The Reading Public Museum is proud to present The American President: Photographs from the Archives of The Associated Press, opening September 13 and continuing through January 4, 2015.
The exhibition, sponsored locally by the historic Abraham Lincoln Hotel, showcases over 70 of the finest works by legendary AP photographers including Burroughs, Harris, Tasnadi, Daugherty, Edmonds, Applewhite and Dharapak, to name but a few.
The opening of the Reading Public Museum Fall 2014 exhibitions, The American President, Call to Duty: World War Posters, and Deadly Medicine: Creating the Master Race, can be celebrated by attending the 2nd annual “Night at The Museum” on Saturday, September 13, 2014. Invitations will be mailed, and information will be available on the Web site. To make reservations or to inquire about sponsorship opportunities, contact Lindsay Crist at 610-371-5850 x230.
Presidential hopefuls burn bright, and then fade. Political parties and poll numbers rise and fall. Presidents pass the torch; administrations change. Through it all, one constant remains: The Associated Press’ coverage of the American president.
Ever since Zachary Taylor and the Whig Party won the White House more than 150 years ago, AP reporters and photographers have been the dominant source of presidential news for media across the U.S. and around the world. Since AP launched its WirePhoto service in 1935, the news cooperative has been no less committed to photographic coverage of the White House. AP photographers accompany the president everywhere. Wearying routine and photo ops can yield in an instant, to breaking news that moves the world and dominates front pages, broadcasts and Web sites.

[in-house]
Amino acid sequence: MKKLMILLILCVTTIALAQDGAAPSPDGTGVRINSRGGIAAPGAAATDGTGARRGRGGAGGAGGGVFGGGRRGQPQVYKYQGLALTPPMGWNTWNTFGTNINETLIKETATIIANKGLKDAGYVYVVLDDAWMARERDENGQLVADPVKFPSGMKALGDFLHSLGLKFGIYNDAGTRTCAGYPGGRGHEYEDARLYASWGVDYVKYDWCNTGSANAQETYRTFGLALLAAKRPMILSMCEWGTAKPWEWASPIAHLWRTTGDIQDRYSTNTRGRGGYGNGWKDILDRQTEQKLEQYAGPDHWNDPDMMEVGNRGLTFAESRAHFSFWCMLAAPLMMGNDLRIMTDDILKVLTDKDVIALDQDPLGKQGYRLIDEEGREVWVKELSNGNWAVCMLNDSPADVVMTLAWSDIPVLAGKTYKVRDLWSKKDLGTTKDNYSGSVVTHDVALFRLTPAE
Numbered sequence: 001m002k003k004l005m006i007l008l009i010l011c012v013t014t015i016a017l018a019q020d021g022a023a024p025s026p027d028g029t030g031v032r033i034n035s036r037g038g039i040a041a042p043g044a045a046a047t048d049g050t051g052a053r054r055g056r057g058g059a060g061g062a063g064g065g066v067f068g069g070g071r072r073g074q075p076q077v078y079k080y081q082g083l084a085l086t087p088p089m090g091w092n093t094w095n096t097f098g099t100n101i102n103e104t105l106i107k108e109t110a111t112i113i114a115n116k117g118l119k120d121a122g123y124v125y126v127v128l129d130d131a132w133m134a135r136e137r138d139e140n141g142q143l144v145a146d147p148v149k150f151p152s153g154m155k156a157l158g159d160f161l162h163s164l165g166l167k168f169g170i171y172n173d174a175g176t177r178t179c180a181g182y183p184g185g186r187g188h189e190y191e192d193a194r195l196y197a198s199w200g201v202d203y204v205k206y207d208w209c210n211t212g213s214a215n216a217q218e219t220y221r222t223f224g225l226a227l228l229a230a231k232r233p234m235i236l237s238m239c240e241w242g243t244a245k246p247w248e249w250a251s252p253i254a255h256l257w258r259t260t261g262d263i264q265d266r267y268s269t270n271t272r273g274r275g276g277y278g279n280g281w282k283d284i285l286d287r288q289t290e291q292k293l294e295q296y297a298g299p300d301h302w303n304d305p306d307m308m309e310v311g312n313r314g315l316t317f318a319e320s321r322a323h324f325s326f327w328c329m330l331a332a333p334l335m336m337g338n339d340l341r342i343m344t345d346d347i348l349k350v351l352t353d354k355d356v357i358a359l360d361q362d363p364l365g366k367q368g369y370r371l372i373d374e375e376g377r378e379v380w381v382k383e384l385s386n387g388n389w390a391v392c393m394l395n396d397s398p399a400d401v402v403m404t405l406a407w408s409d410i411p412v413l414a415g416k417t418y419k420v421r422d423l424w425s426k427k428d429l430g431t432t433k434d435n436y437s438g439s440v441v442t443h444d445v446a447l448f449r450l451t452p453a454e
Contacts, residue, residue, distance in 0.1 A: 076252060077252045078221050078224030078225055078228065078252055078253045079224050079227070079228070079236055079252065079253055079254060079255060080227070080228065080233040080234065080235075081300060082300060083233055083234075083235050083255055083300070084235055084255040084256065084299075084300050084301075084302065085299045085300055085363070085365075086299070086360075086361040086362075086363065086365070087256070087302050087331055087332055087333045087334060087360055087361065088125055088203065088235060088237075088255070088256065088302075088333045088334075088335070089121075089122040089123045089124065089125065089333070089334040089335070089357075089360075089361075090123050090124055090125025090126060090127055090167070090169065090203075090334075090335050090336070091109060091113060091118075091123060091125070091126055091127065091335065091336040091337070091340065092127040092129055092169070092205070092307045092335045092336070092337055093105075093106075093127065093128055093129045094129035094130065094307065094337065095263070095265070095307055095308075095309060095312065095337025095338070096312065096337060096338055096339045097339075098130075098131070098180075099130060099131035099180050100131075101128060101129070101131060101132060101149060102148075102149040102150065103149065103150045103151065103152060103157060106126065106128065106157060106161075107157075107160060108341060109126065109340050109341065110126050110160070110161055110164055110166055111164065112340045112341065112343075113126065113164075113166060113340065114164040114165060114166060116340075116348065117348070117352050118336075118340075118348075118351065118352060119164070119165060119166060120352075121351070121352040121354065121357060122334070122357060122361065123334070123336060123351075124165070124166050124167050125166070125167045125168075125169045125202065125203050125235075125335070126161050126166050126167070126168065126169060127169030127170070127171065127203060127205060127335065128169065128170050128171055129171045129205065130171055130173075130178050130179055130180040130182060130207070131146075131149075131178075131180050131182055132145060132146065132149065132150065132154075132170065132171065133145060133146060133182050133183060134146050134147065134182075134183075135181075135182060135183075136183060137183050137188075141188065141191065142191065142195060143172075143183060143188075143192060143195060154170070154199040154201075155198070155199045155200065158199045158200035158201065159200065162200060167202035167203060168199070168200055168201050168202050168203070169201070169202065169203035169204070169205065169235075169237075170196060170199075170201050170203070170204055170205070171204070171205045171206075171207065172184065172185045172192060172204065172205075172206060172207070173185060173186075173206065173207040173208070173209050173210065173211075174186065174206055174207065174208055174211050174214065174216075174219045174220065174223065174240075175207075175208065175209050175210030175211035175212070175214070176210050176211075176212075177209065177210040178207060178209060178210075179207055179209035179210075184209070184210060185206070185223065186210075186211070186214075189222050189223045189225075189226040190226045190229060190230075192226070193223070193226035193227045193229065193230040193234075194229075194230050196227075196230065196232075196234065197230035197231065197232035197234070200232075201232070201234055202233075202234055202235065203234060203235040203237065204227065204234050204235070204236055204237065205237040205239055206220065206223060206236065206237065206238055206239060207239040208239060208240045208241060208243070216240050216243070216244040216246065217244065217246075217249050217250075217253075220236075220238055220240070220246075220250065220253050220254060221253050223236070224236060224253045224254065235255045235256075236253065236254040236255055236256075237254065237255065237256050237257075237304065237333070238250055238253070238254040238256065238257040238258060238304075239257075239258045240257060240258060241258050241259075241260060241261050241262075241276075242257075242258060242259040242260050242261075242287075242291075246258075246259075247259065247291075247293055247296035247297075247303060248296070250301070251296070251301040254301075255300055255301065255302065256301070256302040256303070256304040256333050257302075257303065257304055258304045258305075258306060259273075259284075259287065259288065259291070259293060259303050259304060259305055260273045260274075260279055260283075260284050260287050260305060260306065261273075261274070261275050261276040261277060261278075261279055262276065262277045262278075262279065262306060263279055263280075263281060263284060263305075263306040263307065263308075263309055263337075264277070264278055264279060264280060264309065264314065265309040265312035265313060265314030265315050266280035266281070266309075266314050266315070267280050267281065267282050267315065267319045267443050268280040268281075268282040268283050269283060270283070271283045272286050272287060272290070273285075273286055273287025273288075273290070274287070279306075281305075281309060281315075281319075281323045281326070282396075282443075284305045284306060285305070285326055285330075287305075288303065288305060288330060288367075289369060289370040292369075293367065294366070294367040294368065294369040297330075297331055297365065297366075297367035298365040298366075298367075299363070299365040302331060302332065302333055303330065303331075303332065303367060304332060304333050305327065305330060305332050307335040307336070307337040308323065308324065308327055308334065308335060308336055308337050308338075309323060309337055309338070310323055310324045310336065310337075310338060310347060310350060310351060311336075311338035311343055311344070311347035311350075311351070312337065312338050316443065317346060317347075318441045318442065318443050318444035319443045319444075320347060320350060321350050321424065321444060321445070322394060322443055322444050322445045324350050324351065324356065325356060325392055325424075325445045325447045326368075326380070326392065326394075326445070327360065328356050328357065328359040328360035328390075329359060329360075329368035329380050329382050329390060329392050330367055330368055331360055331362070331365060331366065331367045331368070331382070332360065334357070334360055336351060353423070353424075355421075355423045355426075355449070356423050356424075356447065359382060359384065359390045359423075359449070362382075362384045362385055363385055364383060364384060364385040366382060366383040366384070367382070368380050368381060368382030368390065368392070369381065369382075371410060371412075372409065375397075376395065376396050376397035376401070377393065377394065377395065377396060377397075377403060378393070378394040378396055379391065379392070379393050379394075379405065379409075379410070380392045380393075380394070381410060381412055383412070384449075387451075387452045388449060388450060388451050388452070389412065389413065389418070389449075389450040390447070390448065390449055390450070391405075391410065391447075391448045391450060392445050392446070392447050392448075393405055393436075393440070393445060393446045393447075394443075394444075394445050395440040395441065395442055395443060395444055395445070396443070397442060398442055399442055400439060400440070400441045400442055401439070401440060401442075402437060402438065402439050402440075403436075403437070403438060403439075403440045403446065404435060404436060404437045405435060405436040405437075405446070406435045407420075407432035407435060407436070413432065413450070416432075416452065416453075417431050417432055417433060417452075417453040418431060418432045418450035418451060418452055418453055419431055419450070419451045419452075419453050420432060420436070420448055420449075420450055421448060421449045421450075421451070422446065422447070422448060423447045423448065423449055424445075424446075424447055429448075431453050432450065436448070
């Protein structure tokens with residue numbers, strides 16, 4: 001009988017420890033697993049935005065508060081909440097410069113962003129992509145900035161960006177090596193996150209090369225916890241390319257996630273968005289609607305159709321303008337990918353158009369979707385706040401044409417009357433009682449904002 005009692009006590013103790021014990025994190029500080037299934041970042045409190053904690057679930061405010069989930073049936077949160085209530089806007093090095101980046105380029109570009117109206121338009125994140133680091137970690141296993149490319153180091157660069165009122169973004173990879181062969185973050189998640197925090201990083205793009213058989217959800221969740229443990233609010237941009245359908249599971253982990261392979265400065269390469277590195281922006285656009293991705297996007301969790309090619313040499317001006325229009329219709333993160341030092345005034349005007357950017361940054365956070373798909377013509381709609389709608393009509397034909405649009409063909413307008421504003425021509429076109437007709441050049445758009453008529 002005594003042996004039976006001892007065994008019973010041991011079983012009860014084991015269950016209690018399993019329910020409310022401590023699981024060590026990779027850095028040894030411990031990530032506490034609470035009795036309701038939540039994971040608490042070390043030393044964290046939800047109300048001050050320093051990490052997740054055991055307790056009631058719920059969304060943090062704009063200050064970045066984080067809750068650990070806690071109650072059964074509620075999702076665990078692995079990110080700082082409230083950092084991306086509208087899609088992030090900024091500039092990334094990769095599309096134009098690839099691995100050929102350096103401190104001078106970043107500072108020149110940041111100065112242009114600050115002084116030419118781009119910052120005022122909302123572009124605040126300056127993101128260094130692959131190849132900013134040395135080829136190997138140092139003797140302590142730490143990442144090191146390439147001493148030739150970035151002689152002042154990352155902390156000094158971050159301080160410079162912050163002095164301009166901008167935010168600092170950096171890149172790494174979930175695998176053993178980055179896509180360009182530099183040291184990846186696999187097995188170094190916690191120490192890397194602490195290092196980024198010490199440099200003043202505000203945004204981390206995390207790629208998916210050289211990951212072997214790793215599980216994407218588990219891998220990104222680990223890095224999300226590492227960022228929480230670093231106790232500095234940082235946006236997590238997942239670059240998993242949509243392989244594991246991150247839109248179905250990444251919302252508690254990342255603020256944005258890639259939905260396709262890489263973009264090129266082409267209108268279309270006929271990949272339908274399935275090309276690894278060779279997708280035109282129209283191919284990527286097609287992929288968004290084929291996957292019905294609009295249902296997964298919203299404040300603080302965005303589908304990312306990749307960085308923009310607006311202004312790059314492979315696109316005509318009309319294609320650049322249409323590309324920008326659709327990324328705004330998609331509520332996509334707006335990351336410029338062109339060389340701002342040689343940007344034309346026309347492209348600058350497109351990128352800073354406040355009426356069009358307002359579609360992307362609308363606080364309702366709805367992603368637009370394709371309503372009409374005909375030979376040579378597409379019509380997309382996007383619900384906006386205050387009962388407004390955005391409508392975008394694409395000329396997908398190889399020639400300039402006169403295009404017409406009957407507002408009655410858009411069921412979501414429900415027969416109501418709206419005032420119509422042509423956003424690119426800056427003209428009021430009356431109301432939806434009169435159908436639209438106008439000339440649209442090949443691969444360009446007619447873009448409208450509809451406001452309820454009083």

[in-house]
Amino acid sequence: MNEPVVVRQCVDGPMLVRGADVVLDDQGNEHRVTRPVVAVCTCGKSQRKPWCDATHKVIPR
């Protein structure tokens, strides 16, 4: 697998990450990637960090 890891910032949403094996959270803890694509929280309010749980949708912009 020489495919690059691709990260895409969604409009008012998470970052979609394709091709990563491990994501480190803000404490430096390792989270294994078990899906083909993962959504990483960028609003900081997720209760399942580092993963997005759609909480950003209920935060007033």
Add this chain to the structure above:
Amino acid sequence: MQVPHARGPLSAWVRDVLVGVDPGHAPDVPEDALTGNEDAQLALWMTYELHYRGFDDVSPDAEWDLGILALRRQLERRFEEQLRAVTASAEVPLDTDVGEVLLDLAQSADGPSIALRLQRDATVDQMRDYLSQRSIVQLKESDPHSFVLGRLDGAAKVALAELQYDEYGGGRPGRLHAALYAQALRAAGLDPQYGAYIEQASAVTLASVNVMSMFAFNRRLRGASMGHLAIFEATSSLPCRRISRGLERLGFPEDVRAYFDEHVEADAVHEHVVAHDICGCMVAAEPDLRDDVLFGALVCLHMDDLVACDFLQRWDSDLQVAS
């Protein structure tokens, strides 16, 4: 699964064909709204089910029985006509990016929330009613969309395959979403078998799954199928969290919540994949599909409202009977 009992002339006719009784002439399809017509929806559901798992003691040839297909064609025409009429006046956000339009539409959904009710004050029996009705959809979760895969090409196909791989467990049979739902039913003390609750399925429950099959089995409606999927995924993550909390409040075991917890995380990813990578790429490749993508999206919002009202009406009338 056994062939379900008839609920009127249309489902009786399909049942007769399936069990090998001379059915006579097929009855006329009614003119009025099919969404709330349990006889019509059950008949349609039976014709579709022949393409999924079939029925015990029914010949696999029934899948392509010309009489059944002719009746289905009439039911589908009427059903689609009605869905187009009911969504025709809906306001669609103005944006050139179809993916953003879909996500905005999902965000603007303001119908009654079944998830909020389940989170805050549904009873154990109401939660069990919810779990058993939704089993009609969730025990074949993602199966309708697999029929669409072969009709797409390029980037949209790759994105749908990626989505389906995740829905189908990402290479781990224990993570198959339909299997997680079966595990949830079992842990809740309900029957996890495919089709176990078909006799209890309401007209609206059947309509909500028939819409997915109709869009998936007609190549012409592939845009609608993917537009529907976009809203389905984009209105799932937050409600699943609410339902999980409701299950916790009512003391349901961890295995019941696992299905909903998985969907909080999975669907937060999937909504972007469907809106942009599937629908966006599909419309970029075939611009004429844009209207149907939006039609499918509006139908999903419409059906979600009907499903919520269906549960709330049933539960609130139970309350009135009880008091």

Through their lenses, succeeding generations of AP ‘photodogs’ have captured both the ecstasy and agony of the American Presidency, and contributed in important ways to the historical record of each administration,” writes former President George H.W. Bush in the exhibition’s introduction.
The presidential beat has always attracted gifted photographers. Their work received the Pulitzer Prize in 1999 for a series of pictures on the impeachment of President Bill Clinton; in 1993 for a series on the 1992 presidential campaign; in 1982 for Ron Edmond’s photographs of the attempted assassination of President Ronald Reagan; and in 1962 for Paul Vathis’ picture of President John F. Kennedy and President Dwight Eisenhower walking together at Camp David. Yet, like most AP correspondents, the names of AP photographers are largely unknown by the the general public.
For the journalists of the world’s oldest and largest news agency, the mandate of covering the White House remains the same as it was in Lincoln’s day: be accurate, be fair, and be fast. For photographers, who can never catch up to a missed opportunity, it means always keeping your eye on the president.
The Reading Public Museum is supported in part by grants from the Pennsylvania Council on the Arts and is located at 500 Museum Road, Reading, Pa. Admission per day is: $10 adults (18-64), $6 children/seniors/college students (w/ID) and free to Members and children three years old and under. The Museum is open daily 11 a.m. to 5 p.m. Web: www.readingpublicmuseum.org